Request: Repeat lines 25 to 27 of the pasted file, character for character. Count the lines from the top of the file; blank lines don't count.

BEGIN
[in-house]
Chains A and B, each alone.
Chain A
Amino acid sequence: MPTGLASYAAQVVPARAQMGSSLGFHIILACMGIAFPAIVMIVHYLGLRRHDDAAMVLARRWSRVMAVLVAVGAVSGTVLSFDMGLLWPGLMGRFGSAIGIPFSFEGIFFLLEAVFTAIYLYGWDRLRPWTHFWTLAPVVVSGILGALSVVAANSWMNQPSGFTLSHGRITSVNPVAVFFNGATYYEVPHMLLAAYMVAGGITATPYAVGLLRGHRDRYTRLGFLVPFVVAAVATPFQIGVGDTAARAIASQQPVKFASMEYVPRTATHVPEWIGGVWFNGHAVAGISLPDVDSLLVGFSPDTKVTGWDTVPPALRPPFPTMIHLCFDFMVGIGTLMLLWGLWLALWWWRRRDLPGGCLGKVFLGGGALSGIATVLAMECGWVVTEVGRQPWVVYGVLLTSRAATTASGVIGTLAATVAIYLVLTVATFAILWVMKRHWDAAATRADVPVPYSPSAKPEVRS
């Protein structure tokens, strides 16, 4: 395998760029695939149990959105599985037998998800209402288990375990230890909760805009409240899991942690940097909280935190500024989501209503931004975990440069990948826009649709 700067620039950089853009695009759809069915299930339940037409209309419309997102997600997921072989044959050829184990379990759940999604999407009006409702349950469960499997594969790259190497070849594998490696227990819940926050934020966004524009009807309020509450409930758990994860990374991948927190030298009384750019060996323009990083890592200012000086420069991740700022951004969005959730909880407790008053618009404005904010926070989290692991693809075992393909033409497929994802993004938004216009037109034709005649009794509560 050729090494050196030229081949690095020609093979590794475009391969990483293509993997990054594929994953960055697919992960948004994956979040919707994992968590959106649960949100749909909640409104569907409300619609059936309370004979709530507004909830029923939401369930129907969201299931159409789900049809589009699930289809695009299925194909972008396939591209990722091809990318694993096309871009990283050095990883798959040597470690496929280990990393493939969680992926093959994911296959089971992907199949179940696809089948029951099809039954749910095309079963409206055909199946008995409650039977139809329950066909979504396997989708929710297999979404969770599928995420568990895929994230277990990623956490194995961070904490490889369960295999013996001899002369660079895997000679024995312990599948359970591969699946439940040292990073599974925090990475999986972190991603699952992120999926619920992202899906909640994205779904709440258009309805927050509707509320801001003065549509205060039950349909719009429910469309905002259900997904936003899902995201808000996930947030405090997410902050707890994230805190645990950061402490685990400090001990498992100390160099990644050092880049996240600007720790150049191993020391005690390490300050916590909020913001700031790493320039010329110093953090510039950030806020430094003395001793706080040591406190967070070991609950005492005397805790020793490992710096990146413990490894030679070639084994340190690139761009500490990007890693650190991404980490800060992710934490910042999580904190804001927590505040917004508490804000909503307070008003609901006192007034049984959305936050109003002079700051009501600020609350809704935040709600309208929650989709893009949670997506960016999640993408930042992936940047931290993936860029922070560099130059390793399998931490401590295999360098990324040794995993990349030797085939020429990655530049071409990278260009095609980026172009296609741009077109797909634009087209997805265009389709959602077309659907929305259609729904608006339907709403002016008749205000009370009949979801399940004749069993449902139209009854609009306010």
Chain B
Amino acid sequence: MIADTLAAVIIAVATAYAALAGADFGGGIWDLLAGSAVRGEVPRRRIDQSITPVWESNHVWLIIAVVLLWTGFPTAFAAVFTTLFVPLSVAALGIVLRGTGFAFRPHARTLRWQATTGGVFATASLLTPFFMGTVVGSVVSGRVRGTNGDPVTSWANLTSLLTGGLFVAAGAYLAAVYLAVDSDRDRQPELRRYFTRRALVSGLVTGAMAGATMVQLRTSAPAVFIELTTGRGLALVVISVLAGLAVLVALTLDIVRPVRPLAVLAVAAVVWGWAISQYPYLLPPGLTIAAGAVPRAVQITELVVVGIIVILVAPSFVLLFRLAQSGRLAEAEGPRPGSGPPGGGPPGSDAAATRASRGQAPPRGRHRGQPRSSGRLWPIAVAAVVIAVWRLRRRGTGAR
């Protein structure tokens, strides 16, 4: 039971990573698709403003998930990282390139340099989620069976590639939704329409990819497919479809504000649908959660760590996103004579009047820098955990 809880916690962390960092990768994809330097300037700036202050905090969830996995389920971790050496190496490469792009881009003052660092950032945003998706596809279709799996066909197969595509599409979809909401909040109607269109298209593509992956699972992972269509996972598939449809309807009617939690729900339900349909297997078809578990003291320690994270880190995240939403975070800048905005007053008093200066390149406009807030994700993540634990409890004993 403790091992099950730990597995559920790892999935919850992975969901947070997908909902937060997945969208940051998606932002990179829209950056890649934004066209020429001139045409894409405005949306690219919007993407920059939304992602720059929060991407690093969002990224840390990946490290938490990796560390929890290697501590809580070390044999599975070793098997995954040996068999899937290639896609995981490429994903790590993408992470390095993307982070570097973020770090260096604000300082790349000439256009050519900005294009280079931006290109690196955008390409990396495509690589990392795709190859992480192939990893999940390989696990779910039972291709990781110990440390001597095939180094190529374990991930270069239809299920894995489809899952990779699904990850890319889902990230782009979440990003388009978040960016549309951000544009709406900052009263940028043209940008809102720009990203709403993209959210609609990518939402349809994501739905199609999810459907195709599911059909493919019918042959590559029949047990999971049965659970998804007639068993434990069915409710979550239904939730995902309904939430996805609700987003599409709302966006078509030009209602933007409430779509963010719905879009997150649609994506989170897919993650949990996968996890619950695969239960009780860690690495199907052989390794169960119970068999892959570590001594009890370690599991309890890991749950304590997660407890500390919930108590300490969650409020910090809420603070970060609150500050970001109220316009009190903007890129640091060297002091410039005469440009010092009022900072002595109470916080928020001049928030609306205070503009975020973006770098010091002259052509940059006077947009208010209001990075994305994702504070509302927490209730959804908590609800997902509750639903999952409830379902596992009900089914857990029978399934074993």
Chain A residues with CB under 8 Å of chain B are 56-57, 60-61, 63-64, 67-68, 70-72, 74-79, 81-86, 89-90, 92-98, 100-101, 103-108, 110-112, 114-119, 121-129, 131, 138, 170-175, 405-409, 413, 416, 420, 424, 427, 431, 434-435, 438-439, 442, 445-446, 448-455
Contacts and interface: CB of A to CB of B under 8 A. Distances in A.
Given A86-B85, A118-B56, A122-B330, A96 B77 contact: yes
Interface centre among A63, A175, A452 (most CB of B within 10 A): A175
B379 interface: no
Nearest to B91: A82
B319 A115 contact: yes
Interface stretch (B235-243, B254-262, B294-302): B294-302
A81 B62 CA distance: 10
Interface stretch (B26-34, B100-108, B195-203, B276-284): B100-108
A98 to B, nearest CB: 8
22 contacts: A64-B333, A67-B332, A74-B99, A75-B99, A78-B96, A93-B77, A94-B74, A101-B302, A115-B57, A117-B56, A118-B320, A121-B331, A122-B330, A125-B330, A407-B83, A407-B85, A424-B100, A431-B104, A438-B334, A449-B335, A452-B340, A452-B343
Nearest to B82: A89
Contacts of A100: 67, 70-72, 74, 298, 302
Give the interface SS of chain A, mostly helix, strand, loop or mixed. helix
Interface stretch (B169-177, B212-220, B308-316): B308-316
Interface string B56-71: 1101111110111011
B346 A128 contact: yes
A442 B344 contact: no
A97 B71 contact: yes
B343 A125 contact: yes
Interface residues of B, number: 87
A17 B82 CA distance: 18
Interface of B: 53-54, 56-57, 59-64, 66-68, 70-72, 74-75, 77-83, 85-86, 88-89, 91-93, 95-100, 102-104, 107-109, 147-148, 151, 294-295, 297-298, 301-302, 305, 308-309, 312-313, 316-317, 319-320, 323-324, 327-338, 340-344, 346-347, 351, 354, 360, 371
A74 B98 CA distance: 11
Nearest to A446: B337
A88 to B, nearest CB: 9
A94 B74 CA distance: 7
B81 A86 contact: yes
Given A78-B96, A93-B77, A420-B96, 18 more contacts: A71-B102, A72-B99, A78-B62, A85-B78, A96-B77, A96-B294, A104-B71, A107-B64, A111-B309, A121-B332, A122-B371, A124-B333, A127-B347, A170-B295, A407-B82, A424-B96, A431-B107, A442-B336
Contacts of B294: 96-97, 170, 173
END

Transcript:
Interface string B56-71: 1101111110111011
B346 A128 contact: yes
A442 B344 contact: no